The vocabulary of Englisc during the Anglo-Saxon period (from 449 through 1066 AD) was mostly Germanic in origin, with reluctant borrowings from Latin, Greek, Celtic, Scandinavian, and French. Many words had a single syllable, and compounding was a common practice. Most words with more than one syllable were characterized by a stress accent on the first syllable.
Most of the Old English words are no longer in use. Replacements, mostly from French and Latin, now represent about 70% of the vocabulary. Yet, the relatively small core of those old Anglo-Saxon words that Fowler would have us prefer still do more than their share of the work.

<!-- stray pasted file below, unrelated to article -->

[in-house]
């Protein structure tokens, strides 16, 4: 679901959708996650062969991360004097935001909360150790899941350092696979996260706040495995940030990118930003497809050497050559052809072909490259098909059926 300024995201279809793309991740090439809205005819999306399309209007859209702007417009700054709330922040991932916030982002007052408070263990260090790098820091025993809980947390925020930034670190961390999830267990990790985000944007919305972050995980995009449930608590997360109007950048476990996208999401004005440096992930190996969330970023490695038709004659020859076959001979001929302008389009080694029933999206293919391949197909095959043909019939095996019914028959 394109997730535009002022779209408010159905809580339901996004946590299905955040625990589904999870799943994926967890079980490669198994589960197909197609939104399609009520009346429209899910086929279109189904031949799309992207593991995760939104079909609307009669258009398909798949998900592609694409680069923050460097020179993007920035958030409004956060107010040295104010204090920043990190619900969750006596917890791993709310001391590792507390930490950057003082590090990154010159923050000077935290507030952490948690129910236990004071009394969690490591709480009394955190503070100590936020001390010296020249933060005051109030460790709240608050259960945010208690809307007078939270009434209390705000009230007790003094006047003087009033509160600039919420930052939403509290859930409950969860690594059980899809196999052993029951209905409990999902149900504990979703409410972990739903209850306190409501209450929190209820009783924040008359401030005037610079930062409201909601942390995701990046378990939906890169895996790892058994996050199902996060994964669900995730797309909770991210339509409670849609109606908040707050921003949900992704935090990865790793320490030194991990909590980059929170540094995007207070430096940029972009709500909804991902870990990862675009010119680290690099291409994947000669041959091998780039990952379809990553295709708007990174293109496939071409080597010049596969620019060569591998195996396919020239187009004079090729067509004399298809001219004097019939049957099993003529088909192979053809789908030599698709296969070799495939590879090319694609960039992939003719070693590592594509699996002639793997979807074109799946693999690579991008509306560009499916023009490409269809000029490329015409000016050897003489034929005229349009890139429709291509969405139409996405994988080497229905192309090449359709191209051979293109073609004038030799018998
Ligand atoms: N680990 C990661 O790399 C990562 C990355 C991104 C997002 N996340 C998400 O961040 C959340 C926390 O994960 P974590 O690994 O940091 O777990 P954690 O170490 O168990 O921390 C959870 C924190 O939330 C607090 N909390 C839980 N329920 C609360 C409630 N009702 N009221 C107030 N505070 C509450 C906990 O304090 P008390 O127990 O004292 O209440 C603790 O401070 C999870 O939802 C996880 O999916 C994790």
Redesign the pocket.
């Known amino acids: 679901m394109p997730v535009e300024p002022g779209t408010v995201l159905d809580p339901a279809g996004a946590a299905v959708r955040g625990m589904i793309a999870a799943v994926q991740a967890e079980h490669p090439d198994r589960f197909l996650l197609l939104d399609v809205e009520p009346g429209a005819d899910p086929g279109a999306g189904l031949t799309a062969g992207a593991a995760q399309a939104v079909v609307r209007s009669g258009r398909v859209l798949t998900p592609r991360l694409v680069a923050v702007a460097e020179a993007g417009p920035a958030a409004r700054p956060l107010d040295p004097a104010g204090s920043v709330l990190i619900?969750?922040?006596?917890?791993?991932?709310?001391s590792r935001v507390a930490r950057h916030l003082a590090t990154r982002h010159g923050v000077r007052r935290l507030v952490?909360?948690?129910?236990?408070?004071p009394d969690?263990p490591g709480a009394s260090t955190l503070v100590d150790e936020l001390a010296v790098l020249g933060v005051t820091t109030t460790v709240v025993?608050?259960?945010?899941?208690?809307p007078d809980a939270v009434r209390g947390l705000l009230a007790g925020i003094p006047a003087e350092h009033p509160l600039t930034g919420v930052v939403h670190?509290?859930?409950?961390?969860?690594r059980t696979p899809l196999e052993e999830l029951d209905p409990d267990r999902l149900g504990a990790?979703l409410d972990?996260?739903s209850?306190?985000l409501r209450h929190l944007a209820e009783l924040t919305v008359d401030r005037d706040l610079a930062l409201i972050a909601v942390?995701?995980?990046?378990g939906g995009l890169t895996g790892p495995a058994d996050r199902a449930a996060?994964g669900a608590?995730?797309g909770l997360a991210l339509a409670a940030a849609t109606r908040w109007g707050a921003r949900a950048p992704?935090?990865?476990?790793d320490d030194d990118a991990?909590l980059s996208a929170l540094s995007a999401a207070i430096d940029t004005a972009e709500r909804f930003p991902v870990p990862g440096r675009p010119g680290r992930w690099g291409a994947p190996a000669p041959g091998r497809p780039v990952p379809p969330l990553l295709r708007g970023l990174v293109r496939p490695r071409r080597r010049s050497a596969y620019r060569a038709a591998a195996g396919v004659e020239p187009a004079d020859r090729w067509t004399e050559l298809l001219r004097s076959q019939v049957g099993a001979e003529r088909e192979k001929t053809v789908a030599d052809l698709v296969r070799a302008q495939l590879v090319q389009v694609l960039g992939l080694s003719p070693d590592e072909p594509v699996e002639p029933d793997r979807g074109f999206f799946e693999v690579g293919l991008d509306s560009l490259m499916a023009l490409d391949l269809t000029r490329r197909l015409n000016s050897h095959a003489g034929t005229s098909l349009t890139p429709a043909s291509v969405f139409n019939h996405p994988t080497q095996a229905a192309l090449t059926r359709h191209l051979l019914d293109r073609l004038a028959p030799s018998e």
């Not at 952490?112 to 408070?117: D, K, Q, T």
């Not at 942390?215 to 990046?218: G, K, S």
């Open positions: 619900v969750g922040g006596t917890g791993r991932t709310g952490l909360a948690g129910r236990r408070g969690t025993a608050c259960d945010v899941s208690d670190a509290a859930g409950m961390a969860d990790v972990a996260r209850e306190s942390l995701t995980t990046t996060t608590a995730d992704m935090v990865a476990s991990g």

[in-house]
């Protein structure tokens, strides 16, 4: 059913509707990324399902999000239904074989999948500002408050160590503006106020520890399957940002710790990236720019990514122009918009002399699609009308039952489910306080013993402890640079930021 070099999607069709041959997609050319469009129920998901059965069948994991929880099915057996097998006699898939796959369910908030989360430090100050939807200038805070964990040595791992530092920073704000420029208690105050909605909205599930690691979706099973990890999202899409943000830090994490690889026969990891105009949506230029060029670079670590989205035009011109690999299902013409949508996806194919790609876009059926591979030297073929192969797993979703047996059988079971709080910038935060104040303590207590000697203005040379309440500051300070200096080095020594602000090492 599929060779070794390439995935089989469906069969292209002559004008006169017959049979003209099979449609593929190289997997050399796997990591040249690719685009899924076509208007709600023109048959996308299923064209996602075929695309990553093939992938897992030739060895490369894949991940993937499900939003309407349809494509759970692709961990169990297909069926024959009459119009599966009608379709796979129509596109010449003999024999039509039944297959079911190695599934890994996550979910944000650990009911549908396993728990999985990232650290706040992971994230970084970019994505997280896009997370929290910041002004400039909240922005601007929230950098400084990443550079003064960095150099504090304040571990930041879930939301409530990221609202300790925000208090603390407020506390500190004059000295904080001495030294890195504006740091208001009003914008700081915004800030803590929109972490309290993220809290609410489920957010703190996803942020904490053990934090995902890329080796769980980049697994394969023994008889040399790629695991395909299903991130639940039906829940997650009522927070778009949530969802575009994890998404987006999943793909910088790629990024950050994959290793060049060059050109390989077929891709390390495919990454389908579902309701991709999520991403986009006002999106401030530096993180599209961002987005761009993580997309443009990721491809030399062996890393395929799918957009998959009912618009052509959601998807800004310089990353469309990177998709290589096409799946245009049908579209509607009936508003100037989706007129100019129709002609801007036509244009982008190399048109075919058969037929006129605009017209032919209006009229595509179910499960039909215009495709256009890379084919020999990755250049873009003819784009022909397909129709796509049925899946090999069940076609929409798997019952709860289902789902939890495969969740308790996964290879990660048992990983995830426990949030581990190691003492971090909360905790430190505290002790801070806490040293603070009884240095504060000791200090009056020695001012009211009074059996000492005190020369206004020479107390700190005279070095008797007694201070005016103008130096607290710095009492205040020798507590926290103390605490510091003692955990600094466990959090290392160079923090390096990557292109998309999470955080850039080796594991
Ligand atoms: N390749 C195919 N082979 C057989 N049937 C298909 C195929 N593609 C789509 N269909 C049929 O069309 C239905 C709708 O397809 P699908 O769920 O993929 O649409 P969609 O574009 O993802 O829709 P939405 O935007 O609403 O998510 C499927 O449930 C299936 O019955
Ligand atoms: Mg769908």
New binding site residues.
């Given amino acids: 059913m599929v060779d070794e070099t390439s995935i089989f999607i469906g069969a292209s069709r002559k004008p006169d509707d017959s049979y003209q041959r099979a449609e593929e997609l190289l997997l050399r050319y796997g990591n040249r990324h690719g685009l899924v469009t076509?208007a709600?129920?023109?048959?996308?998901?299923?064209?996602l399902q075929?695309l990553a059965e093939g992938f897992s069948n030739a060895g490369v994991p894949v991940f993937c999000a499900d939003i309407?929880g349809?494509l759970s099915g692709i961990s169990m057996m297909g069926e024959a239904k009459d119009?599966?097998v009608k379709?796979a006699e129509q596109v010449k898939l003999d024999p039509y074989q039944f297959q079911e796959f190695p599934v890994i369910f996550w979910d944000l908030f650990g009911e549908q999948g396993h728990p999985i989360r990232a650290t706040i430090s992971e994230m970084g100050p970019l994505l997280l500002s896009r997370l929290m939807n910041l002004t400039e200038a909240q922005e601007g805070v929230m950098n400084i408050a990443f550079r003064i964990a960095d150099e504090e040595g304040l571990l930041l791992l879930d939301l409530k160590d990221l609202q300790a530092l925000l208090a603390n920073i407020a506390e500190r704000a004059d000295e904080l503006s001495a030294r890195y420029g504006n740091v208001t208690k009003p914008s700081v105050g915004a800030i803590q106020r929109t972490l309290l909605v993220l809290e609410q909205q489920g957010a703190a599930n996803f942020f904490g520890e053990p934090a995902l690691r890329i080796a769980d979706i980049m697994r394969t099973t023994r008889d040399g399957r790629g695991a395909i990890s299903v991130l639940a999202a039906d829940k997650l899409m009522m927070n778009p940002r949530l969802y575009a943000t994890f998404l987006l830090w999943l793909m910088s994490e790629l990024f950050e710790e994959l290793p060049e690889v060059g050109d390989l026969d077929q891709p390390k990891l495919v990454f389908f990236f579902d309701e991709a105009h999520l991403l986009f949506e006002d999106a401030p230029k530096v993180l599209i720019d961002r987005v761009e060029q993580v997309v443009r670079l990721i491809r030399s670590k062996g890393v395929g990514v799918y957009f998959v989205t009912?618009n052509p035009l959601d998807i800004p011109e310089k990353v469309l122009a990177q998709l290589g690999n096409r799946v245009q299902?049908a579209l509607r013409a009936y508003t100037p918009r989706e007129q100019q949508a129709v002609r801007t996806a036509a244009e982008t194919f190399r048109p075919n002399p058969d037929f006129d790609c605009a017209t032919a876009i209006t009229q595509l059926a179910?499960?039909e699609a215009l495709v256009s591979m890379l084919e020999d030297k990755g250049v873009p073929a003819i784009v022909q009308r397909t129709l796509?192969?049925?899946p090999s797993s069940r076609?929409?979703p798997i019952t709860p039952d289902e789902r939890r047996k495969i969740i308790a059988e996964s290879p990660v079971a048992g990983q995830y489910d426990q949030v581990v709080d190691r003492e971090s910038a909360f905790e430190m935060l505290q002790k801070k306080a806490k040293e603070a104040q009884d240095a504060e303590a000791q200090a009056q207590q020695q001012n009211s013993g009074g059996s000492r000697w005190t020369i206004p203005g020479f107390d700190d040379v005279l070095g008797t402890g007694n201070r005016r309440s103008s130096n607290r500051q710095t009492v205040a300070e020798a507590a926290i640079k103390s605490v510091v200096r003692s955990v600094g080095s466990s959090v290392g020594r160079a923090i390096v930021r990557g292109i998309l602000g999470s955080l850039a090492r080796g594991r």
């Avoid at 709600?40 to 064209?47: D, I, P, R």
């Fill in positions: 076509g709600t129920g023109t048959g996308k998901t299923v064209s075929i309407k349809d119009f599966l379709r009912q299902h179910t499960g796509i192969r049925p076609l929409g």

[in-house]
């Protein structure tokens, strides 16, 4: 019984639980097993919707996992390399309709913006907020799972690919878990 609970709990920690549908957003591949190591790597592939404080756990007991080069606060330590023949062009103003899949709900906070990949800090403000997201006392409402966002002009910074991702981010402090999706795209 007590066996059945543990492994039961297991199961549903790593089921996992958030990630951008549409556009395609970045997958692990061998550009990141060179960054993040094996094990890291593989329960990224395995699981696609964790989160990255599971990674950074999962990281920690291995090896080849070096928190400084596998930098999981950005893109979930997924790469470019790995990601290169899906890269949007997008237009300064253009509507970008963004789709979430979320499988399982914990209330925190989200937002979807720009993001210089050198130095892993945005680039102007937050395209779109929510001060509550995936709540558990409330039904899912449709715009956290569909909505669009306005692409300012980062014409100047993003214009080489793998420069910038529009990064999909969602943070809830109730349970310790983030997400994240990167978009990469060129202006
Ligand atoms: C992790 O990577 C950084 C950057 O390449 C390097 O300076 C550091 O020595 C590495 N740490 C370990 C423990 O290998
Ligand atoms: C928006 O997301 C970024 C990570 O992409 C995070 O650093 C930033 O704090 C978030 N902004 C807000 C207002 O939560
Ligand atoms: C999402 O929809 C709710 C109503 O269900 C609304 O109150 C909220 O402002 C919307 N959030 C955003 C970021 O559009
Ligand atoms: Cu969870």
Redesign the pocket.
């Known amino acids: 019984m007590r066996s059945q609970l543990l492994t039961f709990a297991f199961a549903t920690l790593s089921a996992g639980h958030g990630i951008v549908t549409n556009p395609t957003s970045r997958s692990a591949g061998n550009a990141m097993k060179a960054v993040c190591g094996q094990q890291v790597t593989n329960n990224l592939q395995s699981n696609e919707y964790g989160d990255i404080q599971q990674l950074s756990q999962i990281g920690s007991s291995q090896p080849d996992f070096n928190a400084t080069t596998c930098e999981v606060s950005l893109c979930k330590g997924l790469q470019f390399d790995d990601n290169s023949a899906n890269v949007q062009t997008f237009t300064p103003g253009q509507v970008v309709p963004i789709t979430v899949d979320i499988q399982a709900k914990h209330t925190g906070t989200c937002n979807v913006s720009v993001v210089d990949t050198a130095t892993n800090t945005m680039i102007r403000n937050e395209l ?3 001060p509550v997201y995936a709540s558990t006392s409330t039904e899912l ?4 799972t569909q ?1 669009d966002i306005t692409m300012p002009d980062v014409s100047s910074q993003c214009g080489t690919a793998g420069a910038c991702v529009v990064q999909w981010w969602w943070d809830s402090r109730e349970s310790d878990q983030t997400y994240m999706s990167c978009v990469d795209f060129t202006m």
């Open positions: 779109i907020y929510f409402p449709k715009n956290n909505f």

Here are a few of those Saxeon words that have survived, often with interesting changes in meaning. In this listing, the modern spelling is followed by the Old English [spelling, meaning] and an occasional comment. Guides for orthography & pronunciation and verbs are provided as an aid in understanding them.